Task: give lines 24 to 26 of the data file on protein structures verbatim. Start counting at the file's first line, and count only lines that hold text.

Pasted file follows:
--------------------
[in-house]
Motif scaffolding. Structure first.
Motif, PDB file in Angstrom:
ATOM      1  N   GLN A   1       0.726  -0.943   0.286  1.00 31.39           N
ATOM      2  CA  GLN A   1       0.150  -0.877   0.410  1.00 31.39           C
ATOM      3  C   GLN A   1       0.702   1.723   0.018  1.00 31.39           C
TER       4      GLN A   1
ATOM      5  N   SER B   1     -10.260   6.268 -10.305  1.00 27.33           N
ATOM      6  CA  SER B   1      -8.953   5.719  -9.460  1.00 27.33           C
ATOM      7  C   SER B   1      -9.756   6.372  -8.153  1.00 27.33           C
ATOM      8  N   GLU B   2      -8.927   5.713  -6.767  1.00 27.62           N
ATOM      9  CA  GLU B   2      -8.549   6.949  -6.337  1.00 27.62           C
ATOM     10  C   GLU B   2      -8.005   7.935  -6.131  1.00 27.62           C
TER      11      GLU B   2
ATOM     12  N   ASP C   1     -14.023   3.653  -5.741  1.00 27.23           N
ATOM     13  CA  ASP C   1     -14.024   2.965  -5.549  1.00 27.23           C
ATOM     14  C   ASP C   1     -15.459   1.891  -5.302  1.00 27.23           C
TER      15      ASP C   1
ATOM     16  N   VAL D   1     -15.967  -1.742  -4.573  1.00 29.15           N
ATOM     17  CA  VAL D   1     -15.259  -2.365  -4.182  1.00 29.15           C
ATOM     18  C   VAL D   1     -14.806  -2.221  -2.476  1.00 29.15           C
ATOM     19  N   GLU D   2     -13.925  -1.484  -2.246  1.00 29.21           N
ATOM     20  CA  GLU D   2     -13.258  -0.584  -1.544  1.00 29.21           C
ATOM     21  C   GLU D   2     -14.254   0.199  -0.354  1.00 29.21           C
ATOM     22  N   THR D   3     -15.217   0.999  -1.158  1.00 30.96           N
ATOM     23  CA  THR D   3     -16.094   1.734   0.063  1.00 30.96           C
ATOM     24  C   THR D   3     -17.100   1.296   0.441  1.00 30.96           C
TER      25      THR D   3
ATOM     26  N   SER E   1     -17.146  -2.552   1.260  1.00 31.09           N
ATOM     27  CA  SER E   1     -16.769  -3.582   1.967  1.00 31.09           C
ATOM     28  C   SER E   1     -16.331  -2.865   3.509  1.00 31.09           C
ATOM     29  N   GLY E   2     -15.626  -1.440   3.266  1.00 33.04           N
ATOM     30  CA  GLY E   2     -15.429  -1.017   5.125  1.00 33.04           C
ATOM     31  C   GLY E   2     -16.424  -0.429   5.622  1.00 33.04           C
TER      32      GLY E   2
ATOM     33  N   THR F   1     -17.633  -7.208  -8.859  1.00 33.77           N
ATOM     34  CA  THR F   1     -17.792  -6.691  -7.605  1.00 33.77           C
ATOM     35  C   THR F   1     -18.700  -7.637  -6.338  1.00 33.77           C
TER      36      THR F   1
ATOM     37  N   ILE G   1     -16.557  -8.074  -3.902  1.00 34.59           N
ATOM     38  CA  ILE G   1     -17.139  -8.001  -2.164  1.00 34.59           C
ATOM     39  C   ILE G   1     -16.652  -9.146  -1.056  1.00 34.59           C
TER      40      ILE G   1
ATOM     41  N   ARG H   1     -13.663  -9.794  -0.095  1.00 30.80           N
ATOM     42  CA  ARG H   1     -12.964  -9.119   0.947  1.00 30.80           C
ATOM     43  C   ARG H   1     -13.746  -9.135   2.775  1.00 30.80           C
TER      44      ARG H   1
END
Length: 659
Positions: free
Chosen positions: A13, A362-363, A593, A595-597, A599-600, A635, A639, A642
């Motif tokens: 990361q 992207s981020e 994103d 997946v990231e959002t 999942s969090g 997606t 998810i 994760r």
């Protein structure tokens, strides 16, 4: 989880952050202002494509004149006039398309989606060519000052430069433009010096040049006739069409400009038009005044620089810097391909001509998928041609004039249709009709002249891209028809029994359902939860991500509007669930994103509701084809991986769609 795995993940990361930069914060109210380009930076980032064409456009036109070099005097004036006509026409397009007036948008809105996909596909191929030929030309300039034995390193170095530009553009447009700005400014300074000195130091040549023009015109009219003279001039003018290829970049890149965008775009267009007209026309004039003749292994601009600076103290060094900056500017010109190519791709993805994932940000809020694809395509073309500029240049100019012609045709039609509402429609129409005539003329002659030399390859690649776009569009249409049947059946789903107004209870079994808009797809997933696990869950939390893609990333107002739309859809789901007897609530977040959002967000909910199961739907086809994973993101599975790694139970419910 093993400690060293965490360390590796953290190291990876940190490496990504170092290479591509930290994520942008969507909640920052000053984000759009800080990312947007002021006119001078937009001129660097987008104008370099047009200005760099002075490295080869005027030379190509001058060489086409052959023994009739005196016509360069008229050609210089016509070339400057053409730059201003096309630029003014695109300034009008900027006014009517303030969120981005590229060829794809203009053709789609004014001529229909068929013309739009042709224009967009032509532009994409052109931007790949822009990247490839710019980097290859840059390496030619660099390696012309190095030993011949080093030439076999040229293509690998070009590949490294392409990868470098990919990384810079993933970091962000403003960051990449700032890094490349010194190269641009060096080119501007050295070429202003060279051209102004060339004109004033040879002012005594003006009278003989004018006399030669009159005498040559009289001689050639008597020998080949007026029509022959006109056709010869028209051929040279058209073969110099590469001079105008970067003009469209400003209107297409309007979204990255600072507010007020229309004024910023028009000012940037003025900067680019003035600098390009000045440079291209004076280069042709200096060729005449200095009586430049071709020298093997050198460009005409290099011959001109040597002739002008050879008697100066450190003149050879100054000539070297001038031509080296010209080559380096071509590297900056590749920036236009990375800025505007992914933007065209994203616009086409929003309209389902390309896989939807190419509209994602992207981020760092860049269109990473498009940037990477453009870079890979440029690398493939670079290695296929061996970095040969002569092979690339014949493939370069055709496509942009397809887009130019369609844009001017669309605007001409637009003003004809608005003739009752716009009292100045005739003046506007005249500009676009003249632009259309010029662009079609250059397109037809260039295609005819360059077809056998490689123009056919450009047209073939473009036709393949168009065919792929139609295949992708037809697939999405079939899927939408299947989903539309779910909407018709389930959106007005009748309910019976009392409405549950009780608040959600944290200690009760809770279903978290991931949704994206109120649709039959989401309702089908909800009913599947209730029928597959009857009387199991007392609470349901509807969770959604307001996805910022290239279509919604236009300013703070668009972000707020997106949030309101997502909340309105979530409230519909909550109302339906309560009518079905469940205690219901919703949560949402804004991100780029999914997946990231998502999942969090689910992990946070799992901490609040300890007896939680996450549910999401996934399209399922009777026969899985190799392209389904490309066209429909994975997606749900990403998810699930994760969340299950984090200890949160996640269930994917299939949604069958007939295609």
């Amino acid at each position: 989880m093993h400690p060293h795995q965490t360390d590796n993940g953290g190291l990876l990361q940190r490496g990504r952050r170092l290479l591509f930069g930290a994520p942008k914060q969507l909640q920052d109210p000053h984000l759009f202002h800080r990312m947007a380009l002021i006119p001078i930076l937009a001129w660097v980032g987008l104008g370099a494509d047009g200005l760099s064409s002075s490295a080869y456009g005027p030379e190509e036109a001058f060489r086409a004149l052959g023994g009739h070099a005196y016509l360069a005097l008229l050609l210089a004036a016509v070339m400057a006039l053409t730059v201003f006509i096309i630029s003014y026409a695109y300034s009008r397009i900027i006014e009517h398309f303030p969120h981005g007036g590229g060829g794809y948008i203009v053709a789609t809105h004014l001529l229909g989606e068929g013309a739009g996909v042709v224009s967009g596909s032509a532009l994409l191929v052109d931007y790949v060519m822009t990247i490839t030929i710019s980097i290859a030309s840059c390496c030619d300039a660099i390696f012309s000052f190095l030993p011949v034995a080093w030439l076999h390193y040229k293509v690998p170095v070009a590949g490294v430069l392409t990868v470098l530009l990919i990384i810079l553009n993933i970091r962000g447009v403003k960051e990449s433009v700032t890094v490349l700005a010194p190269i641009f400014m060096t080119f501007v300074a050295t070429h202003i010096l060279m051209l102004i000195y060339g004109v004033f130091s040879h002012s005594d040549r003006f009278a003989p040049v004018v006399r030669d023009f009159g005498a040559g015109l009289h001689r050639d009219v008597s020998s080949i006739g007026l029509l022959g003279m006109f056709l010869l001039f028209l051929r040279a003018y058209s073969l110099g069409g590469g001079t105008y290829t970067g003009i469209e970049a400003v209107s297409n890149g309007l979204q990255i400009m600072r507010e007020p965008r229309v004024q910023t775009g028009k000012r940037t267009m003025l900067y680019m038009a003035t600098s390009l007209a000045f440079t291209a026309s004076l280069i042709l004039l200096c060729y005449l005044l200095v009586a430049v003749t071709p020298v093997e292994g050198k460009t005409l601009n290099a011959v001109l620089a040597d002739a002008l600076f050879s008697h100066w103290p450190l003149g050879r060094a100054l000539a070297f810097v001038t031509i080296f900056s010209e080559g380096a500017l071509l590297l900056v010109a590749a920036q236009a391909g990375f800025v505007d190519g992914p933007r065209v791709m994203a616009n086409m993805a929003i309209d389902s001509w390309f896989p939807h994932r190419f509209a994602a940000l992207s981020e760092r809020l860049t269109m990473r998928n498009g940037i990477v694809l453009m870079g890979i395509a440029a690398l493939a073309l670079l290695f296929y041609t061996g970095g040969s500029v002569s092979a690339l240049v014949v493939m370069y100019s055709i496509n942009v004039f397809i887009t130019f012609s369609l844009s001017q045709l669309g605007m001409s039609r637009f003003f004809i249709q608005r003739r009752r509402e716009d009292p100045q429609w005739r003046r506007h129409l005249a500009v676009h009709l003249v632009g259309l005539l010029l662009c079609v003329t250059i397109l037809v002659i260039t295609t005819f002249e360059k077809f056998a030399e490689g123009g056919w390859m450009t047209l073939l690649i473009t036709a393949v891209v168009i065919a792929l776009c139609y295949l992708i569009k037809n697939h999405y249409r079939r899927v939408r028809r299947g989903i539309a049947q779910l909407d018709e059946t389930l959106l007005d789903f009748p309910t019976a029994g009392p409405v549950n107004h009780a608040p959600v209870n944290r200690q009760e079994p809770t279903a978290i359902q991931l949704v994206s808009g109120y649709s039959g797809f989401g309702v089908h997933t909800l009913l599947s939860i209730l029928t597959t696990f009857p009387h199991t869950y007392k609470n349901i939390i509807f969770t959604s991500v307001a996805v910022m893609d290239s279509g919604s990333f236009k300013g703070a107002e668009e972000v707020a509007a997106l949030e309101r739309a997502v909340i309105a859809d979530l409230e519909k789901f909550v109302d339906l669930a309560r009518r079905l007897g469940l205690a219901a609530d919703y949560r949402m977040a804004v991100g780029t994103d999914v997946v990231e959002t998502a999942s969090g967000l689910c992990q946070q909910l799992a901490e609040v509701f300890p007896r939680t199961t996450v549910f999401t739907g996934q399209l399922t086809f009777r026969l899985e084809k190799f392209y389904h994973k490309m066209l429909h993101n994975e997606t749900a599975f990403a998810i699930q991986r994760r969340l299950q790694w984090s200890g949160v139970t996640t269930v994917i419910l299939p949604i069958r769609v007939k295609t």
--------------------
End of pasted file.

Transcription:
ATOM     21  C   GLU D   2     -14.254   0.199  -0.354  1.00 29.21           C
ATOM     22  N   THR D   3     -15.217   0.999  -1.158  1.00 30.96           N
ATOM     23  CA  THR D   3     -16.094   1.734   0.063  1.00 30.96           C